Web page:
I have been playing around with Bitcoin, the mathematically very cool digital currency. It occurred to me that it is the “local currency” of the Internet. There are local currencies like Ithaca Hours or Bernal Bucks that facilitate trading within a community.
Bitcoins are kind of like that. It is for those of the Internet. I found getting it going was an adventure which ended in my figuring out how to donate to the Internet Archive, which was fun. People have donated over $5000 worth of bitcoins in the last 2 years to the Internet Archive.
Bitcoin wallets reviews to understand better.
I was able to buy a physical bitcoin, which makes a good souvenir. I was interviewed for an upcoming article in Bitcoin Magazine. And been giving out 10 bitcoin cents to friends that I can find their bitcoin address. I can not sure when I have to stop this gesture, but it seems to be encouraging some to set up bitcoin-qt on their computers.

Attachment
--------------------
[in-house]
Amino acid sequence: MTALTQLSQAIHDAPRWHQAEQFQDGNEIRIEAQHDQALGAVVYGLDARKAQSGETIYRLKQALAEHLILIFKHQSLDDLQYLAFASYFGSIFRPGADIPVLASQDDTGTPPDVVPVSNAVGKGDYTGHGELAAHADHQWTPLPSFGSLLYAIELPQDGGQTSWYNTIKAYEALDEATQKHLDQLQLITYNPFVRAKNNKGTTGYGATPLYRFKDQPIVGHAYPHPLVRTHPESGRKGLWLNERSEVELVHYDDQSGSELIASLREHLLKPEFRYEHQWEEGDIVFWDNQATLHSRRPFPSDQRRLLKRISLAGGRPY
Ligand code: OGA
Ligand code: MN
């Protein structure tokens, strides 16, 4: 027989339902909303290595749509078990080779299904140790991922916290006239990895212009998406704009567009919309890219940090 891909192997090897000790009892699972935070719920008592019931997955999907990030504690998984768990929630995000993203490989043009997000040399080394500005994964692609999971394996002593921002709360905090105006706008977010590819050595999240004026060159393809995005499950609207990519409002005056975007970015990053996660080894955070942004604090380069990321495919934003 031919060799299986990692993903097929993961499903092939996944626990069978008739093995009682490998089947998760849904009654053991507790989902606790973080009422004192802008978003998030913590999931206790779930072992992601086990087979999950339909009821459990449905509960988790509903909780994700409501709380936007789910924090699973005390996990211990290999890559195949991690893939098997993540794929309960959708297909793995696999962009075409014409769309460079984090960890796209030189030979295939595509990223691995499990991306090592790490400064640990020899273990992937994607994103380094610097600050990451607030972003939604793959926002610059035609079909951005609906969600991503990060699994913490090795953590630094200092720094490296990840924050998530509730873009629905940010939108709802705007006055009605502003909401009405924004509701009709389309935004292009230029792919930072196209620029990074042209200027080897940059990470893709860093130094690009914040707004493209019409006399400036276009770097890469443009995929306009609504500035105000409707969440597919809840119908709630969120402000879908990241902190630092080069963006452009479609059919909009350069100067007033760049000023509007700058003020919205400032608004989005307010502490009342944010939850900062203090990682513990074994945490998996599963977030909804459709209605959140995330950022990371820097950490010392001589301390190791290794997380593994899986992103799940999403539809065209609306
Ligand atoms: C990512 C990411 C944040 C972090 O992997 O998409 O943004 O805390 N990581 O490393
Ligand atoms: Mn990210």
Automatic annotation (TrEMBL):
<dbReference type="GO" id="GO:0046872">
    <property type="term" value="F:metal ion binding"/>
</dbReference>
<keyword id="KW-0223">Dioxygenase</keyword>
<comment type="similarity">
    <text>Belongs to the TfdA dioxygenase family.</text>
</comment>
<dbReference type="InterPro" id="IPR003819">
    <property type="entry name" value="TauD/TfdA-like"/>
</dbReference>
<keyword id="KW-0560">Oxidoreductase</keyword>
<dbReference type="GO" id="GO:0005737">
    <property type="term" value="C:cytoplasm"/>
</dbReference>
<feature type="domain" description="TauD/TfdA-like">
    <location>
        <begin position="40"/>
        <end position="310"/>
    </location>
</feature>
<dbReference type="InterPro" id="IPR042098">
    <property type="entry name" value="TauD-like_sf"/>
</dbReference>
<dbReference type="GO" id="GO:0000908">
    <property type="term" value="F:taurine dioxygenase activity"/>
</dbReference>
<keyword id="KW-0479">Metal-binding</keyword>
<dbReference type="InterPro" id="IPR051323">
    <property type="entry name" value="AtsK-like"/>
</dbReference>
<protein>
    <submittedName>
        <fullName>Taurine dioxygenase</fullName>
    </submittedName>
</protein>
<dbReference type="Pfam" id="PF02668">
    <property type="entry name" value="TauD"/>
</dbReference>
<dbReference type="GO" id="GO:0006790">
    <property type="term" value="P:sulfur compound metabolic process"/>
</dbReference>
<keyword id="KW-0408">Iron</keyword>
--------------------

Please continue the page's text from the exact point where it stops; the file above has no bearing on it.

Rick Wesson had an idea to use the DNS to publish your bitcoin addresses for those that want to send you money. If you take your email address, replace the @ with a . to make it a hostname, then put it in the txt record (takes some knowledge of dns).
brewster$ dig rick.wesson.us txt ... ;; ANSWER SECTION: rick.wesson.us. 300 IN TXT "BTC=1\; 1GCVXLfF1TcpnnDLJRHk845NZhuJWQTnUD"
Jim Shankland, at the Archive, nicely set me up so I could be a cool kid too, so if you want to send me bitcoins you can find my bitcoin address with the dig command as well:
brewster$ dig brewster.archive.org txt ;; ANSWER SECTION: brewster.archive.org. 1800 IN TXT "BTC=1\; 1MHViGVu72KWj7dMsqcypGVih385YoQzUb"
I feel like I am part of a club, and it is fun. I hope to find more things I can do to play with this promising system.
My address: 1MHViGVu72KWj7dMsqcypGVih385YoQzUb